The Danger of I.T.’s Black Box (what you don’t know CAN cost you)
Some guys are car guys. I am not one of them.
Sadly, my knowledge of vehicle mechanics covers where the gas goes, and the windshield washer fluid. This has caused my mechanically-inclined father some level of embarrassment.
Cars are a ‘black box’ to me. I simply don’t understand how they work. The result, of course, is that I am at the mercy of those who do. When it comes to repairs, I have no idea how long something should take, or what it should cost (unless I do some comparison shopping). It’s a vulnerable position.
For many businesses, their technology acts as a black box. They know it’s there, they know when it’s not working, but that’s about it. This, too, can be a vulnerable and costly position. Why?
1. Pay-by-the-hour support
Most businesses who have not made the transition to a managed services support model, and are paying by the hour for IT support, don’t have the technical knowledge to judge how long an issue should take to repair.
Should a Firewall firmware upgrade take 1 hour or 3? What about repairing an Exchange database? Virtualizing a server?
Certainly, there is a level of trust required with your support provider. That said, a fixed fee managed services approach removes the issue altogether, stabilizing your support costs without increasing your IT knowledge.
2. Lack of Documentation
One of the ways technology support providers can keep clients hostage is by failing to document the network. If knowledge of your network only exists in the head of your support provider, you’re at risk of being held hostage to an arrangement that no longer works for you. You can’t consider changing, because only ‘Joe’ knows the network, and you would have to pay for someone else to learn it, right?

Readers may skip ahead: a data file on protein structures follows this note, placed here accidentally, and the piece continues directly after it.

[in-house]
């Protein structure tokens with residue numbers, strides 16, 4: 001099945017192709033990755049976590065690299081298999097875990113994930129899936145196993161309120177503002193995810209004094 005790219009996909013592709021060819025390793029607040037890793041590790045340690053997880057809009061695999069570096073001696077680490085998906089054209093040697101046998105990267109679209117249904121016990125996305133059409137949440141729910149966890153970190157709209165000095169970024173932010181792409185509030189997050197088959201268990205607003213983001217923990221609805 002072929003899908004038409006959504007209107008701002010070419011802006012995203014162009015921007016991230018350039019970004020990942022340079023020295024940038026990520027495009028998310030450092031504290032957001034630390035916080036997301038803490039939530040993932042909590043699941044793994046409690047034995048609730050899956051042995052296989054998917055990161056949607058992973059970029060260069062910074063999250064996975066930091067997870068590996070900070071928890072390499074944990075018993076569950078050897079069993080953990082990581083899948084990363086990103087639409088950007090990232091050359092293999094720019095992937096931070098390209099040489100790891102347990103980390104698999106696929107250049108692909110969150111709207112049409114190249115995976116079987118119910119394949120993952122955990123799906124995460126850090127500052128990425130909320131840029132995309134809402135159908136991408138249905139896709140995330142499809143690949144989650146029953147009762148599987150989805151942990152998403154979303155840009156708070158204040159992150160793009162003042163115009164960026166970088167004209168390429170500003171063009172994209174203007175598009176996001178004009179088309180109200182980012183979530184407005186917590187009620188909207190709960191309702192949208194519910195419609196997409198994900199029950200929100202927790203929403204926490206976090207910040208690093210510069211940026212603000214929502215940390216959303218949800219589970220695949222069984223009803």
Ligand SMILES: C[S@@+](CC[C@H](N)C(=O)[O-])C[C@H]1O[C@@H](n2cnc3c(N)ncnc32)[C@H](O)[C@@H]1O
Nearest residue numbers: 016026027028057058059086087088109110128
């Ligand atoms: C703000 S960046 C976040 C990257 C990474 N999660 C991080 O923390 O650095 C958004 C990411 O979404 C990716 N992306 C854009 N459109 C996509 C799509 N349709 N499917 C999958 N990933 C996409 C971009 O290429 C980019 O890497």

Proper documentation of your network (configuration, passwords, etc.) helps remove the ‘black box’ effect, by creating transparent AND transferable information about your company’s information systems.
3. Lack of transparency in Service requests
In the same way that there should be transparency into how your network is set up, work applied AGAINST your network should also be documented. Service requests should be ticketed, with full and proper notes detailing the root cause of the issue, and steps to resolution.
Correcting these issues are really about 1) increasing your access to information and 2) reducing the risk that comes with being less knowledgeable than the service provider.
If you’d like to discuss removing the ‘black box’ effect from your company’s technology support, get in touch. We’d love to hear from you.